Bottom Line: Good if you’ve got it, not bad if you don’t.

When it comes to car insurance coverage, cheaper isn’t always better. Be sure to do your homework to find a balanced policy — one that covers you adequately in the event of an accident but one that doesn’t make you pay for coverage you don’t need. Most importantly, don’t skimp on liability coverage. It’s better to pay a few hundred dollars more a year than to wind up in the poor house from accident litigation.

Reference article: Kelly Blue Book

Owners Manual, A Must Read

Have you ever taken the time to read your car’s Owners Manual?

If you haven’t, you should, because in your glove box lie’s a book full of knowledge that is not only simple to understand, but it can also help save you money down the road.owners manual inside

A friend called to ask me where her spare tire was in her style vehicle, something quite simple, right. Wrong. Did you know that some vehicles actually come with run flat tires? It is important to know this because if you ever replace the tires and do not purchase the same type, such as the run flat type then when if you ever have a flat, you will be searching for a spare tire that doesn’t exist. These tires contain an extra lining within the tire that self-seals in the event of a small hole due to a nail or screw. In this way, the loss of air is prevented from the outset such that the tire is either permanently self-repairing or at least loses air very slowly. So checking to see if you have a spare tire can save you a lot of anguish.1994_Lincoln_Town_Car_Owners_Guide_Kit

Your Owners Manual can also guide you on your regular maintenance, help you locate the cars fuse panel and how to operate the accessories that came stock in the vehicle. This is one book that I guarantee will save you money. If  you do not have your owners manual, check out this website where you can download or order a printed copy for your vehicle.

Camero Chicks Christie Christofferson

Camero Chicks  Christie Christofferson

More and more women are starting to surface at your local car shows as participants, and that is where I found Camero Chic Christie Christofferson, during the Summer Salute Car Event.

I walked past a 2014 Black Camero and was immediately drawn to investigate the owner for two reasons. One, on the windshield read  Camero Chicks, in pink,     and the other was all  those  touches  of pink under the hood. IMG_1788

I struck up a conversation with the car’s owner, Christie Christofferson, who has owned this Camero for only 3 months, but her passion for cars started earlier than that. At the age of 9 years, Christie would tag along with her father and uncle, who were car enthusiasts, and always attended Hot August Nights.  As long as Christie can remember, she never missed one.

At the age of 15 ½, while in high school, Christie purchased her first car from her parents. Back then, you were able to obtain your Learner’s Permit at that age. Christie worked as a Veterinary Technician while in High School, which allowed her to save up for her first set of wheels.

Excited and determined to have her first car, it wasn’t long before her brother trashed it, according to Christie. This put her on the lookout again in search of another vehicle, which lead her to a 1992 Chevy Camero. Then one day, a friend who worked for a dealership, contacted Christie to let her know of a 2014 Chevrolet Camero that had just been turned in. The car was not for sale yet. The car was specially painted as a Cancer Awareness Vehicle. Christie knew she would have to own this car since it was painted black with pink strips and had a very nice accent of pink under the hood, to bring awareness that Cancer is a large cause of death among women.IMG_1793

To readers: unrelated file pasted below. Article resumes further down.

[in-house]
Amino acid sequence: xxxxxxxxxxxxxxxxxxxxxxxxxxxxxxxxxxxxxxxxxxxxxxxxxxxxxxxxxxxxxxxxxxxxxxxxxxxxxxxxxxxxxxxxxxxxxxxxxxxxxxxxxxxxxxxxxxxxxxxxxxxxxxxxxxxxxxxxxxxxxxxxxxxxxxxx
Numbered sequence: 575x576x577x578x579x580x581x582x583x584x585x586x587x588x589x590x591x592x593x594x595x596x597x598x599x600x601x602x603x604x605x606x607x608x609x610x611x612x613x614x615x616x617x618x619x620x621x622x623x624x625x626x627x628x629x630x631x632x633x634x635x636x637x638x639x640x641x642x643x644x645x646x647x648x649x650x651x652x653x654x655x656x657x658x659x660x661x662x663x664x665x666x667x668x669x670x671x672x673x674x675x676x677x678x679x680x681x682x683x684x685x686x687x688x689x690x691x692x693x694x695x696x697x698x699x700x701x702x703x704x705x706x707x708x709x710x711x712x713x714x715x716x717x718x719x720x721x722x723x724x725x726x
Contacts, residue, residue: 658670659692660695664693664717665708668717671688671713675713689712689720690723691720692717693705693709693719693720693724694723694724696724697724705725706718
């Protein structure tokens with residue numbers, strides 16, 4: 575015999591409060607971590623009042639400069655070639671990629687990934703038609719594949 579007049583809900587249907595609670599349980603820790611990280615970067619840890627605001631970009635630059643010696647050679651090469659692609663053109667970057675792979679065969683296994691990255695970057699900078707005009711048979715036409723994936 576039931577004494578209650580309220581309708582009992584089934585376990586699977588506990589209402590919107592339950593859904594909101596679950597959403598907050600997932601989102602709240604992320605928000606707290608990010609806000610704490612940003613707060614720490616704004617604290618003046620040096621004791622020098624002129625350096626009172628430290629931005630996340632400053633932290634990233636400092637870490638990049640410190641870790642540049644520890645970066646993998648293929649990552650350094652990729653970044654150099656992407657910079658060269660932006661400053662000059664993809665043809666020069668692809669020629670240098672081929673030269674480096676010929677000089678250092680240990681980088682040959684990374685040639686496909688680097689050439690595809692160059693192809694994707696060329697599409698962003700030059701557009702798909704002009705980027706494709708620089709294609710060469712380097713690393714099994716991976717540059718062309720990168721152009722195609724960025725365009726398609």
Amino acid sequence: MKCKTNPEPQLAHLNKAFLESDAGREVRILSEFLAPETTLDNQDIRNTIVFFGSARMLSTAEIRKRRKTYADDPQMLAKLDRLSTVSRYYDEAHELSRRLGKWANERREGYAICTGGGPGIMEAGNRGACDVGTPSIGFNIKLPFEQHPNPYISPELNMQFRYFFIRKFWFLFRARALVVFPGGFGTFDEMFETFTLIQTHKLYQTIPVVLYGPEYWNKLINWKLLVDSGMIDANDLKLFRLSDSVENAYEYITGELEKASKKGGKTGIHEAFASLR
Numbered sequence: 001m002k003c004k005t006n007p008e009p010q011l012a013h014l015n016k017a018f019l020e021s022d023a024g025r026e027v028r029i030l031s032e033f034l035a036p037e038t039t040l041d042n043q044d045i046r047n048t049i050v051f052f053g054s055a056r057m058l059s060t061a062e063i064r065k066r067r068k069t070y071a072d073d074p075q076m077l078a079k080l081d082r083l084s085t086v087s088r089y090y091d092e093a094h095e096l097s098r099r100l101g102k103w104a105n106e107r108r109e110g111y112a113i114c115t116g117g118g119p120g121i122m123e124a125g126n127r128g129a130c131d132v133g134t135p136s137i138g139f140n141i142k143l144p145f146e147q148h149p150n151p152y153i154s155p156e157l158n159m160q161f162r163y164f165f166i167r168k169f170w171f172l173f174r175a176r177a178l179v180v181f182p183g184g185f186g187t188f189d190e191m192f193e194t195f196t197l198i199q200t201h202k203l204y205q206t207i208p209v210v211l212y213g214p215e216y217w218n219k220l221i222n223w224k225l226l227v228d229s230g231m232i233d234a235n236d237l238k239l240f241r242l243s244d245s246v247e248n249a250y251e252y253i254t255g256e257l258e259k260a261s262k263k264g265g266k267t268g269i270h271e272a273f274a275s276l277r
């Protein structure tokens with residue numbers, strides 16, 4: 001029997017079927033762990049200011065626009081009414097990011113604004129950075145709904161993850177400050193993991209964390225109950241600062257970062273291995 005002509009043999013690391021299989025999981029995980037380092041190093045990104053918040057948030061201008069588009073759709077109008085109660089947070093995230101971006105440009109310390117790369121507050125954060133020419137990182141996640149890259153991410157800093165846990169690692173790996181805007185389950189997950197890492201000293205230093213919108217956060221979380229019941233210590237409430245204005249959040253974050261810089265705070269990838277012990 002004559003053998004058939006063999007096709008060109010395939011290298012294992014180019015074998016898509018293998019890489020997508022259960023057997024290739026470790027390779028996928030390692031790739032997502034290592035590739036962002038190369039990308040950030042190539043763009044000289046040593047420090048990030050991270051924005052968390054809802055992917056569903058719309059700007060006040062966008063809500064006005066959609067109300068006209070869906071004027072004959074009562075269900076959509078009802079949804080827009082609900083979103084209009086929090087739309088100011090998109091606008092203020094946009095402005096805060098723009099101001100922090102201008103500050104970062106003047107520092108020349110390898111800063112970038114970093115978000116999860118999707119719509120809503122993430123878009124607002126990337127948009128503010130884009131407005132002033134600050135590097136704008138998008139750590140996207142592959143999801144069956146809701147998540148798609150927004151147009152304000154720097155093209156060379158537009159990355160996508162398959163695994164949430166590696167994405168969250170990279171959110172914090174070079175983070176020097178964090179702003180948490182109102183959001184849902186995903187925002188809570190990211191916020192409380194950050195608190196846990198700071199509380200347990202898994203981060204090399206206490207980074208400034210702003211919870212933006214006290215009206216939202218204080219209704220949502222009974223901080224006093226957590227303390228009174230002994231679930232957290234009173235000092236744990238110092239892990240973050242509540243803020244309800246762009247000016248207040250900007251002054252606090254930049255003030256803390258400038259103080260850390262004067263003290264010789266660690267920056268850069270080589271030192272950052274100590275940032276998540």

It wasn’t long before Christie became the proud owner of this 2014 Camero. I asked Christie what improvements she would like to see on the Camero? She replied, “I want to add some pink touches to the door panels that will flow into the dash and a few more pink accents on the exterior. She went on to explain, “This car is not just a show car, but an everyday driver.”

I asked Christie what she likes best about car shows, she stated that she would like to meet or empower other women to take the leap and start attending car events.

Christie Christofferson works as a nurse for a private practice physician and trains horses in her spare time. You can check out her website She put herself through college, which wasn’t an easy task, and encourages other women to do the same. Never give up on your dream.

Christie is carrying on the family tradition by attending as many car shows as possible, not just in hopes of winning her car class, but to meet others who share the same passion.

At the end of this event Christie’s 2014 Black and Pink Chevrolet Camero was chosen as first in her cIMG_1786ar class, and, as you can see, Christie was proud to bring home a trophy. I bet it was the Pink that was the deciding factor.IMG_1803 IMG_1809

What Does It Mean When My “Check Gauges” Light Comes On?

What Does It Mean When My “Check Gauges” Light Comes On?

I recently had a customer call me because her check gauges light has come on several times when stopping at a light or parking. She wanted to know if this was something she needed to bring in or was it just a bad gauge.check gauges

Usually when the Check Gauges light illuminates it is due to one of the gauges going out of range, such as your electrical system,  low engine oil or other type of fluids being monitored through the gauges. I asked her when was the last time she checked her engine oil and her response was, “I am not sure”. I always recommend checking the fluids under your cars hood at least once a week. The engine oil lever was so low it wasn’t even registering on the dipstick. Low oil levels reduce the life of the engine and could cause it to seize up depending on how low it had fallen.

If this lady had checked her engine oil regularly, she may not be looking at having to install a rebuilt engine due to lack of lubrication. A very costly mistake. So remember to check your fluids weekly and don’t forget your tire pressure, this too can cost you money.